• Research Articles

    Brings forth the most in-depth body of knowledge relating to guanidinoacetic acid metabolism, pathophysiology and nutritional supplementation

  • Review Articles

    Summarizing recent progress in guanidinoacetic acid research, from its role in neuromuscular diseases to GAA shortfall in clinical medicine

GAA increased egg production and egg mass

GAA increased egg production and egg mass

Different levels of metabolizable energy (ME) and the inclusion of guanidinoacetic acid (GAA) in the diet of 53-week-old Lohmann…

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Omics of dietary GAA

Omics of dietary GAA

The development and characteristics of muscle fibers in broilers are critical determinants that influence their growth performance, as well…

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GAA promotes muscle development

GAA promotes muscle development

The aim of this study was to explore the molecular mechanisms through which different levels of GAA affect chicken…

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Alteration of GAA in syringomyelia

Alteration of GAA in syringomyelia

Syringomyelia (SM) is characterized by the development of fluid-filled cavities, referred to as syrinxes, within the spinal cord tissue.…

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About GAA Science

GAA-science.com is an educational portal established to collect, classify and present the scientific studies on guanidinoacetic acid (GAA) in one place. The papers are collected from peer-reviewed academic journals and publications, and relevant scientific events.

Our mission is to collect unbiased data and provide current best evidence in making decisions about the use of GAA in health and disease.

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GAA and Insulin Secretion

Physiological roles of GAA

GAA could affect many aspects of human metabolism, including cellular bioenergetics, neuromodulation, or oxidant-antioxidant status.

Latest events

23rd European Symposium on Poultry Nutrition (ESPN 2023)

CCDS Virtual Conference

6th EAAP International Symposium on Energy and Protein Metabolism and Nutrition

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Papers in 2024

GAA Fundamentals

Guanidinoacetic acid (also known as glycocyamine or betacyamine) is a normal constituent of human blood, urine, and breast milk.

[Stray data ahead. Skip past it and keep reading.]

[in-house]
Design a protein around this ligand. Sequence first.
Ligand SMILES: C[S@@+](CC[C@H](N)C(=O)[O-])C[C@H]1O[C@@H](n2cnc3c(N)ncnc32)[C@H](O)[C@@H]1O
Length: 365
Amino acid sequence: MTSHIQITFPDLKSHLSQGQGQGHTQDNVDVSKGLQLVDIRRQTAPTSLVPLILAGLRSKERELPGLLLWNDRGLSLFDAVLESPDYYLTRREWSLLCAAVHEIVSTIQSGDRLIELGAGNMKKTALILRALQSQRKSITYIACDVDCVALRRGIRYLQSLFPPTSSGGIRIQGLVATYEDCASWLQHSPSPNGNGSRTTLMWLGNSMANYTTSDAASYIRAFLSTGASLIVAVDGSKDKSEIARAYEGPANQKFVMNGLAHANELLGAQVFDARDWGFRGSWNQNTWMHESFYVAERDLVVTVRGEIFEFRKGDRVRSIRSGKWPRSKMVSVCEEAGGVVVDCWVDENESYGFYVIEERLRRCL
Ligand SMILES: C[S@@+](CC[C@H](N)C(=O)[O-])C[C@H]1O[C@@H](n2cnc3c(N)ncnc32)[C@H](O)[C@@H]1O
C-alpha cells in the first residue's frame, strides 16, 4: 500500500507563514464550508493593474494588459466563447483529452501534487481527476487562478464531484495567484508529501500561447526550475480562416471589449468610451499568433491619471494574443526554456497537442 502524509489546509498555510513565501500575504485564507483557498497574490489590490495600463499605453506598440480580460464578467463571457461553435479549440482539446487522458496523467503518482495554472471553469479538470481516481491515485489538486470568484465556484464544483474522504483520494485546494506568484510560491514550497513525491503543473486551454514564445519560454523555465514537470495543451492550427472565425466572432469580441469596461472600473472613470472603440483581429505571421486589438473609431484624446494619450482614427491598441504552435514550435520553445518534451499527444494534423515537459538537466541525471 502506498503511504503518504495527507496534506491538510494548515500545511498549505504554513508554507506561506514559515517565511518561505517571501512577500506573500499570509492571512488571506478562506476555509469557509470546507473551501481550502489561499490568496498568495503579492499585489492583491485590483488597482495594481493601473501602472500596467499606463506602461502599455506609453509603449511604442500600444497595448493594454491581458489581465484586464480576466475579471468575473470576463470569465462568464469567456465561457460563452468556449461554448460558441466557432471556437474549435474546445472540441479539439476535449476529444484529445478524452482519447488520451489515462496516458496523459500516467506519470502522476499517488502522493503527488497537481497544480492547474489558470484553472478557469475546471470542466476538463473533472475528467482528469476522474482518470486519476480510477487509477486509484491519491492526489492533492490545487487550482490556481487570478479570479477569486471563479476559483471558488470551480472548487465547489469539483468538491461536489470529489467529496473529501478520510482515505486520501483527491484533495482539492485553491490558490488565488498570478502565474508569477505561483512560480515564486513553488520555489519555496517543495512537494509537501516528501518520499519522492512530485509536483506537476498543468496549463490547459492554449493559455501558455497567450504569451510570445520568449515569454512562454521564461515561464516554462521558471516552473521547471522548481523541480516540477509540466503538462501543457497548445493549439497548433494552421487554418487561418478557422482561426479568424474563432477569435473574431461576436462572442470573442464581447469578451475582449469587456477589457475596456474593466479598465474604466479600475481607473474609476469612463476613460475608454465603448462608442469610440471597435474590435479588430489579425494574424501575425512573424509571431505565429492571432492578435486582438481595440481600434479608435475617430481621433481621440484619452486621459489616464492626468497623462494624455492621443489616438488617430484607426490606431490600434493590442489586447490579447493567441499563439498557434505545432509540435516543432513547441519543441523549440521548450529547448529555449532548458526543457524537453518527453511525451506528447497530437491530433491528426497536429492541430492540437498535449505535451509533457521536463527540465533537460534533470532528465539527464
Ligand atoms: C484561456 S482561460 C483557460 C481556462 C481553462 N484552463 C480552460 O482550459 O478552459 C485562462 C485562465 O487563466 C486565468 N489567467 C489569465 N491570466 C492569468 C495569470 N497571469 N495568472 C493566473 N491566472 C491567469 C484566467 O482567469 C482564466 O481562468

Being a natural amino acid derivative and a metabolite in the urea cycle, GAA also appears as an intermediate in metabolic pathways of several amino acids, including glycine, serine and arginine. GAA is direct precursor of creatine, a key substrate for cellular energy.

  • CAS Registry # 362-97-6
  • PubChem CID 763
  • Chemical formula C3H7N3O2
  • Molar mass 117.1 g/mol

The natural daily turnover of GAA is balanced between endogenous production and kidney excretion; only a minimal amount of GAA is available from food sources (e.g. 10 mg of GAA per kg of meat).

PubChem Summary

Age related reference values for urine creatine and GAA in children

Carla Valongo, Maria Luís Cardoso, Pedro Domingues, et al.

Creatine and GAA transport at blood-brain and and blood‐CSF barriers

Olivier Braissant

Tackling guanidinoacetic acid for advanced cellular bioenergetics

Sergej M Ostojic

Creatine and guanidinoacetate content of human milk and infant formulas

Erica E Edison, Margaret E Brosnan, Khalid Aziz, John T Brosnan

Dr. Sergej Ostojic

GAA-science.com was created and administered by a research group headed by Sergej M. Ostojic, MD, PhD, Professor of Nutrition at the University of Agder and the University of Novi Sad, who has been involved in GAA research for over a decade.

  1. December 2011


    First clinical trial with GAA
  2. January 2007


    First application of GAA as feed additive
  3. October 1951


    First documented application of GAA in human nutrition
  4. April 1935

    University of Kansas

    GAA isolated from human urine

Golden Legacy Articles

Betaine and GAA for chronic residuals of poliomyelitis
JAMA. 1952;150(9):851-3
Betaine and glyocyamine in treatment of poliomyelitis
N Engl J Med. 1953;248(15):621-3.
Creatine and GAA metabolism in muscle disease
Brain. 1953;76(2):299-310.
Glycocyamine and betaine in motor-neurone disease
Lancet. 1956;271(6953):1136-8